Rains kept coming (copy)

In March, a catastrophic bomb cyclone triggered Nebraska's costliest flood on record and impacted eight states to the tune of $10.8 billion in damage.

The writer, of Kansas City, is regional administrator for FEMA Region VII.

After an active disaster year in the Midwest, FEMA Region VII wants you to take time to prepare for what could be a busy 2020. Last year was devastating for our region — from severe flooding in Nebraska and Iowa to more flooding and tornadoes ripping through Kansas and Missouri, reminding us all that severe weather can strike anywhere, anytime.

Nationwide, there were more than 400 weather-related fatalities and nearly 1,100 injuries in 2018 alone. Additionally, tens of thousands of people suffered property damage to their homes and businesses. Damage to public infrastructure in 2019 is still being calculated, but we know that it’s in the hundreds of millions of dollars.

Disaster impacts have no boundaries. Now is the time to get ready.

To locally elected officials: Reduce. Prevent. Save. Mitigation means taking steps to reduce or prevent future disaster damage. It pays incredible dividends by saving lives, property and money.

Recently, the National Association of Building Sciences updated its report on the value of mitigation, finding that every dollar spent prior to a disaster results in a post-disaster cost avoidance of $6, an increase from $4 in 2005.

Our region leads the nation for return on investment of mitigation dollars spent. Although this is an impressive achievement, we can and must do more. Every year hundreds of thousands of mitigation grants are offered to pay for projects that reduce or prevent future damage.

If we put our efforts into hazard mitigation planning and action, we save not only lives and property during future disasters but dollars as well. When looking at future development and construction, remember to enforce locally adopted floodplain ordinances and take into account new floodmapping data.

Flood hazards change over time. How water flows and drains can be different because of changes in weather, topography, land use and community development.

Take advantage of the “blue sky” days to plan ahead. FEMA offers a suite of training programs, most either offered free of charge, or FEMA grant dollars can be used for these purposes: https://www.fema.gov/training. Put together debris management plans and consider procurement disaster assistance training that FEMA also provides.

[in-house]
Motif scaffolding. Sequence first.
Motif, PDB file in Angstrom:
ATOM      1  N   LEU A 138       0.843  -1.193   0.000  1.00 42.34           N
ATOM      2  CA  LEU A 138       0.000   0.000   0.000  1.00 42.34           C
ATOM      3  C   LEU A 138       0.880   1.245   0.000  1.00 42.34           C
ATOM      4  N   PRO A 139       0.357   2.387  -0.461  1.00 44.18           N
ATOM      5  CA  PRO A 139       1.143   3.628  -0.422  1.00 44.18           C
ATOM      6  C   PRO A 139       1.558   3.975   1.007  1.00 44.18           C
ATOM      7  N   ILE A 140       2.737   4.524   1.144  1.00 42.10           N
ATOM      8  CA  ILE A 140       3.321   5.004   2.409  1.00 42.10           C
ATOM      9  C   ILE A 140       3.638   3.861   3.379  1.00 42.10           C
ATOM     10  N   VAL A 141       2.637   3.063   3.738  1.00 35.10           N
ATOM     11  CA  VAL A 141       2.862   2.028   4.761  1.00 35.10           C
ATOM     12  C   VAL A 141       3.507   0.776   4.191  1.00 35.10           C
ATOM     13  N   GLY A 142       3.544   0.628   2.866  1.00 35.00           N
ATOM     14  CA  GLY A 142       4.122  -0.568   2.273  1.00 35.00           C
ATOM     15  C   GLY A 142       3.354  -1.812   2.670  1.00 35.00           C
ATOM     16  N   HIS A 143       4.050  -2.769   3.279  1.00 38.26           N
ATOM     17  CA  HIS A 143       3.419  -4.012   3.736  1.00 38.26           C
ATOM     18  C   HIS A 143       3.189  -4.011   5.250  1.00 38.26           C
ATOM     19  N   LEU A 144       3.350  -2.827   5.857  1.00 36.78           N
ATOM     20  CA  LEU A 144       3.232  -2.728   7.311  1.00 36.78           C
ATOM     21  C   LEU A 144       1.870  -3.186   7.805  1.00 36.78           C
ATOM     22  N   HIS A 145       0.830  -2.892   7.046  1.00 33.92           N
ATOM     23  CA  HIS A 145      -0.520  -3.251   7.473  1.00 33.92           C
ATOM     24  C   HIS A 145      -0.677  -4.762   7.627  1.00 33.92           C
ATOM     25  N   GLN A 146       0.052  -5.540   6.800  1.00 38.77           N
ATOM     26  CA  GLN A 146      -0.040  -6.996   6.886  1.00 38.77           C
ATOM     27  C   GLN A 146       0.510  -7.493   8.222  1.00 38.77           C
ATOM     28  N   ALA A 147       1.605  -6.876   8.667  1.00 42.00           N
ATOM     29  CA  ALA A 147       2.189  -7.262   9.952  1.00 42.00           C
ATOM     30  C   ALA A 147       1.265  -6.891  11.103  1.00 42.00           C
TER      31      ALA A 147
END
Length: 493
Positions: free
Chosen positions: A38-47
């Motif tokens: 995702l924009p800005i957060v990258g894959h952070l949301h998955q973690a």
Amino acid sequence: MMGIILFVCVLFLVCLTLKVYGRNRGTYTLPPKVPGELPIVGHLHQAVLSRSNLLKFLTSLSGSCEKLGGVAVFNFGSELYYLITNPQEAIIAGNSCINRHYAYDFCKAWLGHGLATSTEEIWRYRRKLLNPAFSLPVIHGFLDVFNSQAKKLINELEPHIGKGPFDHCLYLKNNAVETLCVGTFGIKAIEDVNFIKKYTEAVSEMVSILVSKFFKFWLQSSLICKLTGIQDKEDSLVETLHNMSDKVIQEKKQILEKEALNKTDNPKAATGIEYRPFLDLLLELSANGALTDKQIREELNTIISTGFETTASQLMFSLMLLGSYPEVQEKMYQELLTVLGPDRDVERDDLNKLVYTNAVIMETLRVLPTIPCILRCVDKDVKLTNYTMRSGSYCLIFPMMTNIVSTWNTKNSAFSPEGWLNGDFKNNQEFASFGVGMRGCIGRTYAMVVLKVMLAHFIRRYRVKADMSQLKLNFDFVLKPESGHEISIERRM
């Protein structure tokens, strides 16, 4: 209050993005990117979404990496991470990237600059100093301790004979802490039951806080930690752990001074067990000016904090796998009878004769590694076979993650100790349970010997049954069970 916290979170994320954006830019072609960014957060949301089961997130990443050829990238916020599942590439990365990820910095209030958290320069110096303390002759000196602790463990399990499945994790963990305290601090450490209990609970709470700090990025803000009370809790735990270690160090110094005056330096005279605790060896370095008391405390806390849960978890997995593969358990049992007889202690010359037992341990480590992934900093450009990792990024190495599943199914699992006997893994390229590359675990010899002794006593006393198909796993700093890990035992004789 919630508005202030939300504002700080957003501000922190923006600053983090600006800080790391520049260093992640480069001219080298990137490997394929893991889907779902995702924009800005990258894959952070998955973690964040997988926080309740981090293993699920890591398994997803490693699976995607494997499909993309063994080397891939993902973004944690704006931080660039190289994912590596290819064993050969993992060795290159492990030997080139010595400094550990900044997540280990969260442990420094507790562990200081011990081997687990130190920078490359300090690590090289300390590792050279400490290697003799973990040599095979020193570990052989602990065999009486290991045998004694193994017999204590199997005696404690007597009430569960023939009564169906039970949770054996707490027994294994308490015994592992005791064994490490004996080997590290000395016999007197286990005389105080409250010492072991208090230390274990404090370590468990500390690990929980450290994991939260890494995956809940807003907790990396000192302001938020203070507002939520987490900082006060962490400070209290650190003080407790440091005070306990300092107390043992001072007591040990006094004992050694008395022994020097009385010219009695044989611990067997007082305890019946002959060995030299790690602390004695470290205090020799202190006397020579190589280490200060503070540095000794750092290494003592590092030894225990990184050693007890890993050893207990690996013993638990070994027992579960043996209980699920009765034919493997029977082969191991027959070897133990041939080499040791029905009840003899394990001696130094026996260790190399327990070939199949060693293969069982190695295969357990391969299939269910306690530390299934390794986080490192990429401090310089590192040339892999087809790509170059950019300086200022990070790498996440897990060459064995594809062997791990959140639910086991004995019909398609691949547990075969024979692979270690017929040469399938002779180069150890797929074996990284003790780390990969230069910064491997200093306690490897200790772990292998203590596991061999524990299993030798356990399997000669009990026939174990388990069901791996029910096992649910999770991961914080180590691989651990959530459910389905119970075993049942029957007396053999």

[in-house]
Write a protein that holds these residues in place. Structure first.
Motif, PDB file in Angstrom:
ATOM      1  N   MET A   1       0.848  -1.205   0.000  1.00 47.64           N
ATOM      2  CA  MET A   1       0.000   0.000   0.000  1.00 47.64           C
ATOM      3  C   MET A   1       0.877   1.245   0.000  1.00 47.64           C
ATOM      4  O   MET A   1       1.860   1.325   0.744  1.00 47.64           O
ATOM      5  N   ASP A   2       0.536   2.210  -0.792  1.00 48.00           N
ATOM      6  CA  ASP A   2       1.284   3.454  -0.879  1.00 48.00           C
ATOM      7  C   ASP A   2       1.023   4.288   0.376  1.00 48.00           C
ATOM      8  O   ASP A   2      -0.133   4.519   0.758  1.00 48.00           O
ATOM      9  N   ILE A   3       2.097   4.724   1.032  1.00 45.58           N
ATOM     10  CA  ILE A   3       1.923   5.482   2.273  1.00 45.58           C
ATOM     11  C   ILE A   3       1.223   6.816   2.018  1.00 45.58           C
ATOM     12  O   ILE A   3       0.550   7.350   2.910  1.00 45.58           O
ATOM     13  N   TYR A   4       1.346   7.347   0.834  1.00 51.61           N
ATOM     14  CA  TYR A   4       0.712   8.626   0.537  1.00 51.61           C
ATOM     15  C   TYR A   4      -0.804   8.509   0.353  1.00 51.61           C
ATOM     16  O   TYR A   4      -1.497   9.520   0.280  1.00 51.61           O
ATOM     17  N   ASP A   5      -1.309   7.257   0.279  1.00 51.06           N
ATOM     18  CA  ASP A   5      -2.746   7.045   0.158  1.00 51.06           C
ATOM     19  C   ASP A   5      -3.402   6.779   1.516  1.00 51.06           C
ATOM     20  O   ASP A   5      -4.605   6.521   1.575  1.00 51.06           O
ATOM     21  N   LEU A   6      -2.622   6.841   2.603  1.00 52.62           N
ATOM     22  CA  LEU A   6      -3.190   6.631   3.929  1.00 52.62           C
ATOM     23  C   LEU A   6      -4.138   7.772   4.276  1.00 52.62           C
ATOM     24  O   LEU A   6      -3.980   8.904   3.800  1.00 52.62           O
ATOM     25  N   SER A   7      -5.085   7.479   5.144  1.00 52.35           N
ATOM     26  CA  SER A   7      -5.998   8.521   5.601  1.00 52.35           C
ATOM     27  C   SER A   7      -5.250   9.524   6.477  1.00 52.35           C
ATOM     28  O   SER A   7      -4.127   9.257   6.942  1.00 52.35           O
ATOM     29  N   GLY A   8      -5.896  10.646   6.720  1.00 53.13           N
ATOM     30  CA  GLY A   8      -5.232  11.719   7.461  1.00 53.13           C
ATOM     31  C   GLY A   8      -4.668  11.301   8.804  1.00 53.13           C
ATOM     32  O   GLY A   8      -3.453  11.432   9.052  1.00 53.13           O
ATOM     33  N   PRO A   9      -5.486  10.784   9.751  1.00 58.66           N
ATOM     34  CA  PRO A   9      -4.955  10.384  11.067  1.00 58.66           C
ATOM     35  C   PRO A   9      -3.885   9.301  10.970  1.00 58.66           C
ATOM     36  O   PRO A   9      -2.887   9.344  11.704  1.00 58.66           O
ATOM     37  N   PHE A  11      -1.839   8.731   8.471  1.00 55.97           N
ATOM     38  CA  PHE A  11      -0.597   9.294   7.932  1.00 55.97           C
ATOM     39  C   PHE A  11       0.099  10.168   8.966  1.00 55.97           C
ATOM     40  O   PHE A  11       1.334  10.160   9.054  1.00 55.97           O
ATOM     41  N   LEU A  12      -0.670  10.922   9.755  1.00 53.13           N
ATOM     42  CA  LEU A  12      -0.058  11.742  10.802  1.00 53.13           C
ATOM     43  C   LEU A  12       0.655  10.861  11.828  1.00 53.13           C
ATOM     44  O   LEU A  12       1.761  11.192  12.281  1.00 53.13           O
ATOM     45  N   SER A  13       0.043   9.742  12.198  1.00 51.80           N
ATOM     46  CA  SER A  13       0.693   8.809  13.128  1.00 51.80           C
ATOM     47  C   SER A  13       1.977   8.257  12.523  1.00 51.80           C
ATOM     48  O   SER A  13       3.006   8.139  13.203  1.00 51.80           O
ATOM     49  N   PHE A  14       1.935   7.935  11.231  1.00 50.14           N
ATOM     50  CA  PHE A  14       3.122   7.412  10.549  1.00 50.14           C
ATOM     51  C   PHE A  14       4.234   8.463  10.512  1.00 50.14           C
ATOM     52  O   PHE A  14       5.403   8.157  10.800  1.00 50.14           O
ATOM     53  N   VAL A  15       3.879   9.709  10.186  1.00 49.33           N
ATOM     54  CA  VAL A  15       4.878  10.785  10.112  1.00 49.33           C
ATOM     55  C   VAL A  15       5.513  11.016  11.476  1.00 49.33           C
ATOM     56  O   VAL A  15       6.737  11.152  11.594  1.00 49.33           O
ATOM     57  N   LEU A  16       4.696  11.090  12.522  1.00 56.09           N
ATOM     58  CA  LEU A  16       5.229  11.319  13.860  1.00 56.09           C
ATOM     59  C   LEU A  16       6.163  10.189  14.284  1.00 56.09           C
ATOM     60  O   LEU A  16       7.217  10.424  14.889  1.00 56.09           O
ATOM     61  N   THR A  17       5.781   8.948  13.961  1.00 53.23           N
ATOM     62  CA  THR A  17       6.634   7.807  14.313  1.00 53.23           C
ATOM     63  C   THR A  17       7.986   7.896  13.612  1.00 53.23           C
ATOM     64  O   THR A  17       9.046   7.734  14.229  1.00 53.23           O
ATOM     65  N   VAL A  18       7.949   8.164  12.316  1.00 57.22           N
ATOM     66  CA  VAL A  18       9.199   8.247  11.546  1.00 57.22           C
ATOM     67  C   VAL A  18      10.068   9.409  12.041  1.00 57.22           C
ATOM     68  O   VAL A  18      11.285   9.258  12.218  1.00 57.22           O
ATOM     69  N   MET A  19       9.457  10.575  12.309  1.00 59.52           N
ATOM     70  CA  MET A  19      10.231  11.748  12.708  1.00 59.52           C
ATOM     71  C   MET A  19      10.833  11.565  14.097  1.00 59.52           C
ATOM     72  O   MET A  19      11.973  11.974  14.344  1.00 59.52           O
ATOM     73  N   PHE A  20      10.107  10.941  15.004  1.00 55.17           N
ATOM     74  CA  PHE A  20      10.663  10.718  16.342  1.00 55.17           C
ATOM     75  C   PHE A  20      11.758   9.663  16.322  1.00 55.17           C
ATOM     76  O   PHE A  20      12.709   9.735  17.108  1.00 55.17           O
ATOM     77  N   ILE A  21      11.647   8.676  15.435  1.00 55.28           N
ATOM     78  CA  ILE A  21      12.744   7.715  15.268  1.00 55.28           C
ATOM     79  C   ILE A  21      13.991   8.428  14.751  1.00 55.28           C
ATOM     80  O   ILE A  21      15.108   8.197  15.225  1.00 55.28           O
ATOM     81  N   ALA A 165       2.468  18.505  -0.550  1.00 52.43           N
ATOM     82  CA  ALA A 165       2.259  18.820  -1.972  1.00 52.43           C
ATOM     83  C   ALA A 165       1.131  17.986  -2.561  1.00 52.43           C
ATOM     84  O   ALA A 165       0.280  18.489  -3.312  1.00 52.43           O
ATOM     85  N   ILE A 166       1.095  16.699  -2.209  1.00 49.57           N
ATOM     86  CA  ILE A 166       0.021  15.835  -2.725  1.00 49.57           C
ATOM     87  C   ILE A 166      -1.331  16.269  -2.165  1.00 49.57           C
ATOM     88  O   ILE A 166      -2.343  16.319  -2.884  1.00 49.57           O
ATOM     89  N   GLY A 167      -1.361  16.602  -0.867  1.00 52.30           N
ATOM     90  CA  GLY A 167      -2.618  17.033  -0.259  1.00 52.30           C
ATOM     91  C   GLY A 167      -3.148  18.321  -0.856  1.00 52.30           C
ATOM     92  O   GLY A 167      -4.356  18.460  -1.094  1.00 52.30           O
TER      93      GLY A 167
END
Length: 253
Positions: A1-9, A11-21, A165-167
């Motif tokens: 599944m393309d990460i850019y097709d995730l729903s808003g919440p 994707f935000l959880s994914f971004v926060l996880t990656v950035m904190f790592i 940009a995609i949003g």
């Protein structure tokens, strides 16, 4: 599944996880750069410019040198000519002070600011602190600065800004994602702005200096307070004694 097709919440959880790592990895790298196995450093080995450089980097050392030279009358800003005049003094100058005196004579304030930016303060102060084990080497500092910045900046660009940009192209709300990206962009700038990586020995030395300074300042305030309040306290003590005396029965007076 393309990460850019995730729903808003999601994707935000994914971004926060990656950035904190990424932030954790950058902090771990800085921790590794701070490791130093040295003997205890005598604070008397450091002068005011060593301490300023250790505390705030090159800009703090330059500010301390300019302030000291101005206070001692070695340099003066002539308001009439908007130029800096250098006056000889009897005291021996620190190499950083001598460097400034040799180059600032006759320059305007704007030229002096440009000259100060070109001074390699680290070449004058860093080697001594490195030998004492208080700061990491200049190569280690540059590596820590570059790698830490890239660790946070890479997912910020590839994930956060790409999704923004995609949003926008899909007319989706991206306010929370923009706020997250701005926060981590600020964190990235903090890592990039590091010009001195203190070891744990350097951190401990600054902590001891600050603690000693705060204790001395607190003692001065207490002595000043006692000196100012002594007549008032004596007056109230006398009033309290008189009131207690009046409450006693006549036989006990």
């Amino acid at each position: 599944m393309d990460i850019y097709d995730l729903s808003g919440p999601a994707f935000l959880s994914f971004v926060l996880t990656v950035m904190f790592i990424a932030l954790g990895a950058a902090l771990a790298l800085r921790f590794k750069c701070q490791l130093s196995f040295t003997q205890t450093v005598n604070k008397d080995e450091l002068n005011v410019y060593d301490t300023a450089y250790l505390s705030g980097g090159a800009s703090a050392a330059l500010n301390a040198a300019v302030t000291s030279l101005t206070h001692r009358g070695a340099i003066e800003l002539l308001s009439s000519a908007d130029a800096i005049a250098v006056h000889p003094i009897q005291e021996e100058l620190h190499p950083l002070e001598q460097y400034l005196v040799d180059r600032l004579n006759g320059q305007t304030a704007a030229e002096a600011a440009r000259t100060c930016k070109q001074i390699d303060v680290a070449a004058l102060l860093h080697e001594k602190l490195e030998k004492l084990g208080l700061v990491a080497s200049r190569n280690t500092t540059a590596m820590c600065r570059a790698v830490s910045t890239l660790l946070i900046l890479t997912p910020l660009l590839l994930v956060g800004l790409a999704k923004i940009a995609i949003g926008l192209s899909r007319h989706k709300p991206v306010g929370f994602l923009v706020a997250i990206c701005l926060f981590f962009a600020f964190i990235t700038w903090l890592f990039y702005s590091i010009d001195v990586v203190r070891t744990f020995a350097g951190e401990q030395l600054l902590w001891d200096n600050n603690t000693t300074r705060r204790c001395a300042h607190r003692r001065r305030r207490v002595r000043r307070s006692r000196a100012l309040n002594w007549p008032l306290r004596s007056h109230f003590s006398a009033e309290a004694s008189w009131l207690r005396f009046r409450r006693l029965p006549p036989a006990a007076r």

To individuals: Know your risk. Take action. Be an example.

Here are some ideas: 1) Contact your local emergency manager and/or go online to www.ready.gov for tips and information. 2) Sign up for local alerts from emergency management officials. 3) Buy a weather radio. 4) Pledge to develop an emergency plan and post it where family members and visitors can see it. 5) Practice how and where to take shelter before severe weather strikes. 6) Download FEMA’s mobile app, or other weather-related apps, so you can access important safety tips on what to do before, during and after severe weather. 7) Stay informed by using multiple weather-alert sources such as a NOAA Weather Radio, online at www.weather.gov, and Wireless Emergency Alerts. Subscribe to receive alerts at www.weather.gov/subscribe. 8) Have secure copies of important medical, financial, insurance and other key records that you can access in an emergency so you can start recovery as soon as possible.

Flooding affected the entire region in 2019, and the best defense for any home or business against the hazard of flooding is flood insurance, plain and simple. As directed by Congress, FEMA administers the National Flood Insurance Program (NFIP). In 2019, there were nearly 3,800 NFIP claims that paid approximately $148 million in our region.

The National Weather Service is predicting a wet 2020 with high potential for flooding — and you don’t need to live near the water to experience significant flooding. Almost 25% of flood insurance claims come from areas not considered at high risk for flooding. Just one inch of water can cause up to $25,000 in damage to your home.

At the very least, it does not hurt to contact your insurance agent and ask about how much a flood policy would cost. It could be less than you think. It takes 30 days for a NFIP policy to go into effect, so now is the time to be looking into this.

Let’s all focus on preparing now, so that we are ready for what could come.

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